Iffy injectors were to blame but, because we’d bought it privately, I had a real battle to get New Holland to cover any of the cost. In the end, we paid for two new injectors, at £1,500 apiece, and they covered the other four.

But by then I’d lost faith in the machine, so I moved it on in 2009 for £50,000.

That’s when we bought our first John Deere forager, a 7450. I paid just £105,000 for it which now looks like a brilliant bit of business, given the new ones are nearer £300,000 and they still do pretty much the same job.

Latest purchase?

A Krone Big M self-propelled mower. I’ve always loved the concept and have been mulling it over for the past decade, but I could never make the sums add up.

Until now, we’ve run two front-and-rear combinations that often struggle to keep ahead of the foragers.

So, the plan was to upgrade – it just came down to a set of triples or the Big M.

I work on the basis that you need 100hp for each mower bed, so the 6250R that we’ve got for buckraking and drilling isn’t quite big enough.

And the cost of 300hp tractors is horrendous. I was quoted £230,000 for the tractor and another £80,000 for a top-spec set of Krone mowers with mergers, which is about £20,000 more than the Big M.

There’s always the argument that we could use the tractor for other jobs. But it’s such expensive horsepower that the hourly depreciation would exceed the amount it could earn running a silage trailer or muckspreader, so it would be parked up most of the time anyway.

For the lesser jobs, I bought a 6155M on 450 hours for £89,000. By my reckoning, it should cost me roughly £15/hour to run, compared to nearer £80/hour for a 300hp tractor.

I visited a contractor in Dorset running a Big M before I committed to buying one, and I was really impressed.

It’s 450hp, so it can cruise along effortlessly at 18kph. It was only drinking about 5 litres/ha and was cutting more than 60ha/hour. That’s more than the two front-and-rear combis combined, but with one less tractor and driver.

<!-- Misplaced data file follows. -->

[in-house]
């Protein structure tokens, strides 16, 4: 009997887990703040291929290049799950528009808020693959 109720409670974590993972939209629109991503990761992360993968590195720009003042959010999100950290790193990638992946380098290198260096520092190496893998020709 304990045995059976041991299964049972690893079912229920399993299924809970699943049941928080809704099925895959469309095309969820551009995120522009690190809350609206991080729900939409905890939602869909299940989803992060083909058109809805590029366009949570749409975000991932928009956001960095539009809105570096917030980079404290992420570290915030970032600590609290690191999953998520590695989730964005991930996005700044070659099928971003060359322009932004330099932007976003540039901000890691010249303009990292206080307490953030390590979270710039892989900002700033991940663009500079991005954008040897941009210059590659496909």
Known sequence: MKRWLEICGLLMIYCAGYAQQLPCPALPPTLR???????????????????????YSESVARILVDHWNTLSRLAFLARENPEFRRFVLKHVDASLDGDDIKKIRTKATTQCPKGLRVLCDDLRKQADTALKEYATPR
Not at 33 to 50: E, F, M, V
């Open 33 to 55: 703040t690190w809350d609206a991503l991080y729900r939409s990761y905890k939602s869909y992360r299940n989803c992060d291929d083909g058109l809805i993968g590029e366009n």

Plus, it’s fitted with mergers so we can throw three rows into one in dry years. That means we’ll be able to mow in the morning and cut enough to keep the foragers moving all afternoon.

As it’ll only be doing about 400 hours a year, I see it as a 10-year investment.

Oldest machine still at work?

A 2011-built Deere 6930 – here since new and not likely to leave anytime soon.

It’s done 12,000-hours and, bar the obligatory head gasket, hasn’t been too much trouble.

It tends to do a bit of raking, wrapping and hedgecutting but, as it owes me nothing, I’m not fussed if it’s sat idle for a month or two each year.

Plus, my 11-year-old son has his eye on it for when he leaves school, so I’ll be in trouble if I sell it.

How long do you keep your machines?

The tractors and foragers are on a semi-flexible four- or five-year cycle.

I’m not governed by warranty as I only ever take the standard 12 months – we’ve got a decent workshop and engineering division that can deal with most major breakdowns.

But it’s always a balancing act between spending too much money and holding on to kit too long. I don’t like the gap between residual value and replacement cost to get too wide.

The 8500 was due to be changed last year, but it ended up being out of action for most of the campaign while we tried to sort a problem with diesel getting into the sump.

Given it effectively skipped a year’s work, I decided to hang onto it for another season.

Next on your wish list?

The Big M was top of the list, but I’ve now scratched that itch.

If anything, it would be nice to have a second 419 loading shovel instead of a tractor and buckrake.

Looking further ahead, I’m interested in drone technology for spraying and fertiliser spreading.

It would certainly make it easier to cover the ground in February and March when you can hardly walk on the fields.

Most embarrassing incident?

I was in the FX50 and, as I came over the brow of a steep hill on the A39, I pulled the hydrostat back to slow up.

But a driveshaft collar had come lose, so it only braked on one wheel and sent me flying through the hedge and across an earth bank. One of the wheels came off its rim and turned the tarmac over like a plough furrow.

It could have been a lot worse – but I was convinced the forager was jinxed.

Biggest machinery mistake?